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Making boxing safer: the case for establishing NO? GO criteria in boxing

MOJ Sports Medicine
Nitin K Sethi, MD

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Background: Professional boxing is a popular contact sport with a high risk for both acute and chronic traumatic brain injury (TBI). Although rare, many boxers have died in the ring or soon after the completion of a bout. The most common causes of death in these cases are usually acute subdural hematomas, acute epidural hematomas, a subarachnoid haemorrhage, an intracranial haemorrhage or Second Impact Syndrome (SIS). Discussion: After the recent tragic death of fighters in the ring, renewed calls have been made to make boxing safer and even to ban the sport altogether. While boxing could be banned in some countries, a total ban on boxing cannot be logistically implemented. A far more practical discussion involves on how to make the sport more safer. In this commentary NO?GO criteria in boxing are defined based on based on personal and collective evidence of experienced ringside physicians and clinical acumen. Conclusion: Standardising medical stoppage decisions in boxing with the help of clearly defined NO?GO criteria will help to protect a boxer’s health and safety in the ring. Good practice guidelines for screening and management of high?risk fighters are also suggested. It is recommended that the medical community debate the proposed guidelines and NO?GO criteria vigorously, in order that evidence?based guidelines can be developed in conjunction with professional boxing governing bodies.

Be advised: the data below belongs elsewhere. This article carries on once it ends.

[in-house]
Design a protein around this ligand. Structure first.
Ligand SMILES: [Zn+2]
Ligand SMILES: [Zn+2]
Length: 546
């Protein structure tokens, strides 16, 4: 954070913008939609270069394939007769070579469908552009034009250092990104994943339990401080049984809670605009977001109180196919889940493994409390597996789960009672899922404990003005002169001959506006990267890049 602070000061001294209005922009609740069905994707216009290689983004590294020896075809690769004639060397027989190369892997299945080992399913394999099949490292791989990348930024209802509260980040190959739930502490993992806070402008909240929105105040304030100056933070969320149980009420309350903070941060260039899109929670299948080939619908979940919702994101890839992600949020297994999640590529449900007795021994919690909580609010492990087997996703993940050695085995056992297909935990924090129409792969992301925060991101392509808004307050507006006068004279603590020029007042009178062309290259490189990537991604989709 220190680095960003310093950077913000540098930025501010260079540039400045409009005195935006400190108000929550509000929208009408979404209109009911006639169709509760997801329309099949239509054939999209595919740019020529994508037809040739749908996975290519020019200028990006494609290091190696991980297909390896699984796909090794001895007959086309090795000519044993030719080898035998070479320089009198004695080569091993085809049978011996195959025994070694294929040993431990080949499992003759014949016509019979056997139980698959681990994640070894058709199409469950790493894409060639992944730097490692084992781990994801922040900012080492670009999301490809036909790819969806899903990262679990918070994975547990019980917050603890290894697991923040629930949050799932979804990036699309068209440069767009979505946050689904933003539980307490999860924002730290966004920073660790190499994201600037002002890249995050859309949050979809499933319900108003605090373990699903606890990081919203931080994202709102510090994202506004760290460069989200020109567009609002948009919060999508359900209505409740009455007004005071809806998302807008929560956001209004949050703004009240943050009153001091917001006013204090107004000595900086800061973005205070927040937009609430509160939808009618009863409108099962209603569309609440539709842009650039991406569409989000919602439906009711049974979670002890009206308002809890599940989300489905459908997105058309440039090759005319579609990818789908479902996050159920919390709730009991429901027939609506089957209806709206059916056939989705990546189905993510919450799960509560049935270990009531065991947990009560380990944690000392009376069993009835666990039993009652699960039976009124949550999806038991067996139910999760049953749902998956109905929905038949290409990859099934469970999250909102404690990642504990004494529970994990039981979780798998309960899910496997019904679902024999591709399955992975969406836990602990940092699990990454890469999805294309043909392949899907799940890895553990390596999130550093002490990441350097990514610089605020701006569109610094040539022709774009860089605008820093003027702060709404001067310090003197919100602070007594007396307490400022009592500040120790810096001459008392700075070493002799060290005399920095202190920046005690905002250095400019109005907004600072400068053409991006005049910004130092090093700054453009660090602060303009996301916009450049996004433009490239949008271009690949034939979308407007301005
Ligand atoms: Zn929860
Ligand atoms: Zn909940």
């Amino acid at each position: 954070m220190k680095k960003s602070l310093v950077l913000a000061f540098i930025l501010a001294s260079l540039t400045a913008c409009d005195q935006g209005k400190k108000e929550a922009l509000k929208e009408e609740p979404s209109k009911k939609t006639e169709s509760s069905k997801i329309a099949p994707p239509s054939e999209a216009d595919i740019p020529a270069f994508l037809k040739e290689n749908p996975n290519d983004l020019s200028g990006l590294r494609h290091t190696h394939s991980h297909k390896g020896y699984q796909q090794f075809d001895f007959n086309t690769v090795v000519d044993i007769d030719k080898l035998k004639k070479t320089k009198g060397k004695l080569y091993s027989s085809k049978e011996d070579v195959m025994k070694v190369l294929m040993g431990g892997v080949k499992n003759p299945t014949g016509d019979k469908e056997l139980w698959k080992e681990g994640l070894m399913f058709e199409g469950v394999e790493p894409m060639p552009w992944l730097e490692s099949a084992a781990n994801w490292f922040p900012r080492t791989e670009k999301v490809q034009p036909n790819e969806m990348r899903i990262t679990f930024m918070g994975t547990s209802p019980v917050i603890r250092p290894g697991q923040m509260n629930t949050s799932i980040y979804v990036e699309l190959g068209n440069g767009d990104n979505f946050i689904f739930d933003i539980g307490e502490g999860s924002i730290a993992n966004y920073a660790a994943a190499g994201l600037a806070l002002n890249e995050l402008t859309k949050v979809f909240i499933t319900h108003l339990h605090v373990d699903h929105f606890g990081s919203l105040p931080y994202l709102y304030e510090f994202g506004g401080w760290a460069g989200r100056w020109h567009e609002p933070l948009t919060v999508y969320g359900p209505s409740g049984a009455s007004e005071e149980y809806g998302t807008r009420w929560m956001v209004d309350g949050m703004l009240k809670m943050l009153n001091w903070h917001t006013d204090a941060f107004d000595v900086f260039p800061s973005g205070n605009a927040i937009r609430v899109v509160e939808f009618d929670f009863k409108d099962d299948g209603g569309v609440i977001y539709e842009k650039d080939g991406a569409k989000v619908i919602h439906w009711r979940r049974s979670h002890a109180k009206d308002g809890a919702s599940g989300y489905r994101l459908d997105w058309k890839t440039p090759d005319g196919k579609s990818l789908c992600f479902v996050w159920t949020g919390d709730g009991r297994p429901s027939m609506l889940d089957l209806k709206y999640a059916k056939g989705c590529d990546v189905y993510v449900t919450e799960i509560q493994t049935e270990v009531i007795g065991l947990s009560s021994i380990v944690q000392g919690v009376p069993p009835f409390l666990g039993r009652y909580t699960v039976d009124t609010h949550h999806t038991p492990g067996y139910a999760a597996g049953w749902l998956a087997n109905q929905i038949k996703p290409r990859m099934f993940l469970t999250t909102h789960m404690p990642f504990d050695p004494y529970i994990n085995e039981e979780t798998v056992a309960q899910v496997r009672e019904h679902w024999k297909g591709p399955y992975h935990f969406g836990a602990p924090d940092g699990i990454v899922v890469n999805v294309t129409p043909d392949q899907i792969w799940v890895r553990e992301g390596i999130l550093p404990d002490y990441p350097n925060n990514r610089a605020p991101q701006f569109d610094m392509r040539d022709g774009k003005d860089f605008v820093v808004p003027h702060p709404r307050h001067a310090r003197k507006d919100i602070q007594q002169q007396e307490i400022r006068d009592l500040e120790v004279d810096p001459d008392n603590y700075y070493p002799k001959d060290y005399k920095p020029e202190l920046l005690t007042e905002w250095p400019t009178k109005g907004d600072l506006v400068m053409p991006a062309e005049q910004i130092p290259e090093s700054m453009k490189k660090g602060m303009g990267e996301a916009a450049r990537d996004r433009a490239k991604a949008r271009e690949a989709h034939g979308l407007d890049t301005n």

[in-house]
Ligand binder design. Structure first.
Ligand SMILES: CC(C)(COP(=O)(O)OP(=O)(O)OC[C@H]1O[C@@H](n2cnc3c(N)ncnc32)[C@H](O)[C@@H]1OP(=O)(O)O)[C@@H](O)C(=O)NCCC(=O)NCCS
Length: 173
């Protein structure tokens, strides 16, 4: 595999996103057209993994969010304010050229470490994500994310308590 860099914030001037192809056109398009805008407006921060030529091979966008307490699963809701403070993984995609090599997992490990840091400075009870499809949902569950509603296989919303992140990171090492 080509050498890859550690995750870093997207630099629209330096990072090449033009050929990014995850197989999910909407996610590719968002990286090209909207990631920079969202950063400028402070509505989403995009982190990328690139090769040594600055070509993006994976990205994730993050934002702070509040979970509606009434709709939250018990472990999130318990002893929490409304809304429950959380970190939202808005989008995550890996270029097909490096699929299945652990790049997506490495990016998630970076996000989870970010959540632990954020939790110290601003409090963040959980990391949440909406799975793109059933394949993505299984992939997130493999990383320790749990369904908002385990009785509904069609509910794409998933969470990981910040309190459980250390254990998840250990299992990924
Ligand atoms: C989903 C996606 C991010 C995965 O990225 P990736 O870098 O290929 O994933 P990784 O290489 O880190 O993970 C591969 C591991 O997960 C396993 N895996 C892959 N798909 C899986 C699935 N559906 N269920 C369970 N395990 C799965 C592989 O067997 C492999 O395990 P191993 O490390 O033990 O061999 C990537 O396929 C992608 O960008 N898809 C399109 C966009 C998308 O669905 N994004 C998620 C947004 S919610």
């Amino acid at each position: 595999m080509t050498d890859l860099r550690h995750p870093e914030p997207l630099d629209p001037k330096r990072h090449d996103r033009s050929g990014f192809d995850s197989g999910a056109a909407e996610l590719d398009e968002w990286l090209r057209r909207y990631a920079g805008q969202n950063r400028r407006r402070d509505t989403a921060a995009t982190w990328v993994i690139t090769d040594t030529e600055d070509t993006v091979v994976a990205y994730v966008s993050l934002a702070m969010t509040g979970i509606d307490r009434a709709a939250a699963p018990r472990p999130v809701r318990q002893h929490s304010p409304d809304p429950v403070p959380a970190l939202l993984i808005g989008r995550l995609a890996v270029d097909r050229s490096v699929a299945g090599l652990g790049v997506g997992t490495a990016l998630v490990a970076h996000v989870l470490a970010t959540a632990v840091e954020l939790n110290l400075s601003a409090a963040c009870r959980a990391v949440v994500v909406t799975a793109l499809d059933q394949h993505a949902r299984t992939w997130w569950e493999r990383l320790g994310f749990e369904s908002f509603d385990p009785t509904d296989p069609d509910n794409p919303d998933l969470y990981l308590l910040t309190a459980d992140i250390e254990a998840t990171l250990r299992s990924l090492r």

boxing, safety, concussion, knockout, medical stoppage, traumatic brain injury, contact sports, ringside physician